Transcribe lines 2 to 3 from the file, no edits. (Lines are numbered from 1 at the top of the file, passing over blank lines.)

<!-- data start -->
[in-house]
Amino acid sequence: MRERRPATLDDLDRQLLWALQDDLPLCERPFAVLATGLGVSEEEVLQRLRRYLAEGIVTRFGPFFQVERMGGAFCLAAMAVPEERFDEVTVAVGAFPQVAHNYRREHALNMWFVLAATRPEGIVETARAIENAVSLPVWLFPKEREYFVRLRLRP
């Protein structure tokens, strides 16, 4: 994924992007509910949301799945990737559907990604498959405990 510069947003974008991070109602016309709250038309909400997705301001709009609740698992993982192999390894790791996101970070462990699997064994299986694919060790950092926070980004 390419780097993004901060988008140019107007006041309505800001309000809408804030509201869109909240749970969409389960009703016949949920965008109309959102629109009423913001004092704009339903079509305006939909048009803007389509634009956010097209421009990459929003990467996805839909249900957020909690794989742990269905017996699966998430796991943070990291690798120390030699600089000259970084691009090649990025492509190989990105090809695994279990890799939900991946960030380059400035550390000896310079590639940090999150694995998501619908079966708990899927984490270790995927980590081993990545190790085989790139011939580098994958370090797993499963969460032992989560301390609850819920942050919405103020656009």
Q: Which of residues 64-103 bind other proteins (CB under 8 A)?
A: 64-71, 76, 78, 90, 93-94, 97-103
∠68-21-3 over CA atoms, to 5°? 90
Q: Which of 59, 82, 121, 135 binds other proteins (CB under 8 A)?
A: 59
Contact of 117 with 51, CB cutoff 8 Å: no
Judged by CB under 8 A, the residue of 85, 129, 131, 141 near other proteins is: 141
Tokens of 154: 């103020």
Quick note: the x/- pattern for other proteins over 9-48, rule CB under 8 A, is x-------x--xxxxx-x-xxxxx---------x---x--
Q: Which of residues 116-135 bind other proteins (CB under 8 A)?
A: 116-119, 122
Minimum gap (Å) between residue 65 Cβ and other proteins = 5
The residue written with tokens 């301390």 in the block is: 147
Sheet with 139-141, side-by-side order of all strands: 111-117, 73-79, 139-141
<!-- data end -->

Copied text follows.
Amino acid sequence: MRERRPATLDDLDRQLLWALQDDLPLCERPFAVLATGLGVSEEEVLQRLRRYLAEGIVTRFGPFFQVERMGGAFCLAAMAVPEERFDEVTVAVGAFPQVAHNYRREHALNMWFVLAATRPEGIVETARAIENAVSLPVWLFPKEREYFVRLRLRP
């Protein structure tokens, strides 16, 4: 994924992007509910949301799945990737559907990604498959405990 510069947003974008991070109602016309709250038309909400997705301001709009609740698992993982192999390894790791996101970070462990699997064994299986694919060790950092926070980004 390419780097993004901060988008140019107007006041309505800001309000809408804030509201869109909240749970969409389960009703016949949920965008109309959102629109009423913001004092704009339903079509305006939909048009803007389509634009956010097209421009990459929003990467996805839909249900957020909690794989742990269905017996699966998430796991943070990291690798120390030699600089000259970084691009090649990025492509190989990105090809695994279990890799939900991946960030380059400035550390000896310079590639940090999150694995998501619908079966708990899927984490270790995927980590081993990545190790085989790139011939580098994958370090797993499963969460032992989560301390609850819920942050919405103020656009």